Sandra Steingraber will be speaking in Fort Worth and Dallas on April 21. Photo by Laura Kozlowski.

April 13, 2018

An environmentalist following in the footsteps of her hero Rachel Carson is coming to DFW.

Sandra Steingraber will be speaking on the New Science on the Harms of Fracking and Its Infrastructure at First Jefferson Unitarian Universalist Church, 1959 Sandy Lane in Fort Worth at 1 p.m. on April 21. The event is hosted by Liveable Arlington.

Following the lecture, she will be a panelist at EarthX for the 4:45 p.m. screening of the documentary Unfractured, which features her work as an activist.

Like Carson who sounded the alarm on pesticides with her groundbreaking 1962 book Silent Spring, Steingraber is also a biologist and author who has drawn attention to the ill effects of man-made toxins.

Steingraber’s journey to environmental activist began as a youth in Illinois, where she was diagnosed with bladder cancer at age 20. Cancer ran in her family. However, Steingraber, an adoptee, surmised her own cancer couldn’t be linked to shared genetics. As she researched the topic, she came to believe the role one's environment played in illness was being downplayed.

Steingraber’s dual aptitudes – she holds a PhD in biology and a masters in English and Creative Writing – gave her the ability to write and speak about the complex topic. Her books include Living Downstream: An Ecologist’s Personal Investigation of Cancer and the Environment; Having Faith: An Ecologist’s Journey to Motherhood; and Raising Elijah: Protecting Children in an Age of Environmental Crisis.

Sandra Steingraber's War on Toxic Trespassers

Bill Moyers interviewed Sandra Steingraber in 2013. 

Carson, who herself suffered from breast cancer as she finished her groundbreaking book, is credited with launching the modern environmental movement. But Steingraber believes humans have yet to fully digest Carson’s lesson.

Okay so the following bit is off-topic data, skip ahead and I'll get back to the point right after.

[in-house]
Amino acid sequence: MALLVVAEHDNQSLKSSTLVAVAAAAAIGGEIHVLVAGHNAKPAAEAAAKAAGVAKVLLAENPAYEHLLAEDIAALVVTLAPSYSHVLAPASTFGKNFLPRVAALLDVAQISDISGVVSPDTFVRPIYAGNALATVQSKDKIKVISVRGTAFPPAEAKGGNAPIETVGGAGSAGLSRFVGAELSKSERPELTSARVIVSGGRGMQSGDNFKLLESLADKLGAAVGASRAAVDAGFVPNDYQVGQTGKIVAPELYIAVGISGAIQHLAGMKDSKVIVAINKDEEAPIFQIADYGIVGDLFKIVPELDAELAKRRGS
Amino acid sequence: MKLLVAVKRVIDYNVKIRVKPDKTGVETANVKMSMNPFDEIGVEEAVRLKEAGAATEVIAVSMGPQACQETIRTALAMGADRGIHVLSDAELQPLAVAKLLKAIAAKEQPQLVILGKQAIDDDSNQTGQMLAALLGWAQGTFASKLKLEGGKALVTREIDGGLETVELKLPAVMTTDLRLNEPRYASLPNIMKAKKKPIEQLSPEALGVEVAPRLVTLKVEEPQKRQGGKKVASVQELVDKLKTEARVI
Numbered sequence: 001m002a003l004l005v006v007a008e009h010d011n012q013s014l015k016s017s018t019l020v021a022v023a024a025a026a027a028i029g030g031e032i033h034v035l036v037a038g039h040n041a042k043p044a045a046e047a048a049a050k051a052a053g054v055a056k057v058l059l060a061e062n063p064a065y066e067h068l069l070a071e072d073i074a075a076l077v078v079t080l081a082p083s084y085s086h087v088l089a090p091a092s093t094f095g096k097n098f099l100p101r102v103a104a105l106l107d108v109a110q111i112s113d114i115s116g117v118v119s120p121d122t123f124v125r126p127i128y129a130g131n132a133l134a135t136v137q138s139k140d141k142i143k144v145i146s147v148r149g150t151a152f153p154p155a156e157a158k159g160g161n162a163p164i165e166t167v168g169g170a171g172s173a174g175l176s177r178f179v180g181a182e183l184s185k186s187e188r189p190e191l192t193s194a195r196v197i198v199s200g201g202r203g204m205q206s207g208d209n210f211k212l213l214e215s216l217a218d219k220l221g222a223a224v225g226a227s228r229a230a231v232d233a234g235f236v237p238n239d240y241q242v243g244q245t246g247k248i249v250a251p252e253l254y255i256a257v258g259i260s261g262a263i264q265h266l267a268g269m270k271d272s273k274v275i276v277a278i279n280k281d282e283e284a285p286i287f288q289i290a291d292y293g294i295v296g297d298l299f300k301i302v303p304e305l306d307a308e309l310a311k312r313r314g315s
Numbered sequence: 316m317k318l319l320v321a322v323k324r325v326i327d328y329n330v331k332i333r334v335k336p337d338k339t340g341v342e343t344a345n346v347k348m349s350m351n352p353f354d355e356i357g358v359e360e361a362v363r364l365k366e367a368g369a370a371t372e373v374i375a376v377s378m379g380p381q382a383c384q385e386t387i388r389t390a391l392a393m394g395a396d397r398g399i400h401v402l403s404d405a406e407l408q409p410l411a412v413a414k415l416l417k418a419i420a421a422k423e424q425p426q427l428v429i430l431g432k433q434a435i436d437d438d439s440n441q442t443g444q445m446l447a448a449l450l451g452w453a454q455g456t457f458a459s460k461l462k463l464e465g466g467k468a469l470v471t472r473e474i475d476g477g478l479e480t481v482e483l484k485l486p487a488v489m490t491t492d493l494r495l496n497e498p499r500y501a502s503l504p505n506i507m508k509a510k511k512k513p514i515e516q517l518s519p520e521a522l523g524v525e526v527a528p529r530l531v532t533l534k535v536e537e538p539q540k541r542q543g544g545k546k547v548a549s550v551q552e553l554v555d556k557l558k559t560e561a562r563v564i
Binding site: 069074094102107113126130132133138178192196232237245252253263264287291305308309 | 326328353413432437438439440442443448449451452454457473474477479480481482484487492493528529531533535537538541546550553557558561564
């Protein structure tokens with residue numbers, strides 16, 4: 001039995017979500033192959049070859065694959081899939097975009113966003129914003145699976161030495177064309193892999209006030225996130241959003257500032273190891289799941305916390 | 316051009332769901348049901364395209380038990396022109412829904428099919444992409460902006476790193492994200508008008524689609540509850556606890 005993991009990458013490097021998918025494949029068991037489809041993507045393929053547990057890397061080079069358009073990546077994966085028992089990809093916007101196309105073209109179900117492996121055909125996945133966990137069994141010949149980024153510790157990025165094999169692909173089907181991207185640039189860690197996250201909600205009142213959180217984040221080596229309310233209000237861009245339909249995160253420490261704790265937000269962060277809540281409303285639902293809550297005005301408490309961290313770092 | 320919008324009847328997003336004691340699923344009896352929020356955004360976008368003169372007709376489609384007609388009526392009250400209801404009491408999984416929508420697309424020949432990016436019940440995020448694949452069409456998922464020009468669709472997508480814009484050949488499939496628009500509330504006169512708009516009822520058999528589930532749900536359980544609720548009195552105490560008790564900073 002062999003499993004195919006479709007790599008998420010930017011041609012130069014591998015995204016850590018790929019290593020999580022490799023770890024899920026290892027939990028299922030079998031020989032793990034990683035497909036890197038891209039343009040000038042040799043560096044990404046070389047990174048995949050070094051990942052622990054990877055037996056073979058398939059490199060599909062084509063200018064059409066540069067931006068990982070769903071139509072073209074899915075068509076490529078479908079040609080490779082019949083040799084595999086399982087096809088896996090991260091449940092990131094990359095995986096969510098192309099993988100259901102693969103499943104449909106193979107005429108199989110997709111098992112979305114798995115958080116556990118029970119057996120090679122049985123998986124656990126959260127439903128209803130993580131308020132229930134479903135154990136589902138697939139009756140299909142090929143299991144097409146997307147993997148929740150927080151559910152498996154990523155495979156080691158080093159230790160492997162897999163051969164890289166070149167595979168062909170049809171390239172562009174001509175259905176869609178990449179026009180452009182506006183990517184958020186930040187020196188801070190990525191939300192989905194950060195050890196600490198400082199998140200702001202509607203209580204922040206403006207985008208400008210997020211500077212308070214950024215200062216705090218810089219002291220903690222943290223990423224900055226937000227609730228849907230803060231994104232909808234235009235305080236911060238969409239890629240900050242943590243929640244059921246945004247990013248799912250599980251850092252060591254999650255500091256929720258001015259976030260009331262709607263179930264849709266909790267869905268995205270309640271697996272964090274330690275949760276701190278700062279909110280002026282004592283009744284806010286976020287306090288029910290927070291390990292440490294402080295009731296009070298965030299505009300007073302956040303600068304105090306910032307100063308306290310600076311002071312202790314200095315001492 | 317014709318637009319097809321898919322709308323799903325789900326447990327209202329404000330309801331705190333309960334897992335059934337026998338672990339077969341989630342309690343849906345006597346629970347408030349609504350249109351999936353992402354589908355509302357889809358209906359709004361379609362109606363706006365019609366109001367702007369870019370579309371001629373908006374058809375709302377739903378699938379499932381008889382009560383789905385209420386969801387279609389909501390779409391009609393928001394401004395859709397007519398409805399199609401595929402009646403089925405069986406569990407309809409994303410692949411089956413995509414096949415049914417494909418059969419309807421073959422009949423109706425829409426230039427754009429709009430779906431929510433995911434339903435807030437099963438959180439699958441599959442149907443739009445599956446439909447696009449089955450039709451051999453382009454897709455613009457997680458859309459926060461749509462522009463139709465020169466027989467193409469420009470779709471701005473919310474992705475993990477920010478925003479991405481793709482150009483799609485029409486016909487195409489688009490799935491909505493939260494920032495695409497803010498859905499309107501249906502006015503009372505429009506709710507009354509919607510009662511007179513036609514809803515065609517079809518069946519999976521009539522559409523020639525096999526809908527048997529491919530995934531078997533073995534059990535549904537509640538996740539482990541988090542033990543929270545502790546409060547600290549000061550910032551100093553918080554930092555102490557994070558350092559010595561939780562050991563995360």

While Carson's research led to the banning of DDT, Steingraber says companies are still using chemicals that have been linked to disease. Many more chemicals in use have not been fully vetted. 

“Only 200 of the more than 80,000 chemicals used in the United States have been tested under the Toxic Substance Control Act of 1976,” wrote Steingraber. Since 1976, only five chemicals have been banned under the Act.

In recent years, the 58-year-old Steingraber has taken aim at fracking in New York, where she lives with her husband and two children and is a Distinguished Scholar in Residence at Ithaca College. She has participated in anti-fracking demonstrations and even gone to jail to underscore her opposition to a company that wanted to store fracked gases in abandoned salt mines under Seneca Lake. According to Steingraber, while those who financially gain from fracking are adamant that it is safe, there’s enough scientific evidence that fracking does effect human health and the environment.

“The data tells a different story,” Steingraber insists. 

She compares large scale corporate environmental destruction to the rise of Fascism in the 1940s and said that history calls us to stand up to powerful forces.

“We are all members of a great human orchestra,” says Steingraber, “and it is now time to play the Save the World Symphony. You do not have to play a solo, but you do have to know what instrument you hold and find your place in the score.”

Sandra Steingraber in DFW

About: The biologist, activist and author will speak in Fort Worth and Dallas.

When: April 21, @1 p.m., Steingraber will speak on New Science on the Harms of Fracking and Its Infrastructure at First Jefferson Unitarian Universalist Church, 1959 Sandy Lane in Fort Worth. Hosted by Liveable Arlington.

@4:45 p.m., she will be a panelist for a screening of Unfractured at the Women's Museum at Fair Park in Dallas. Hosted by Earthx.

Cost: Free.

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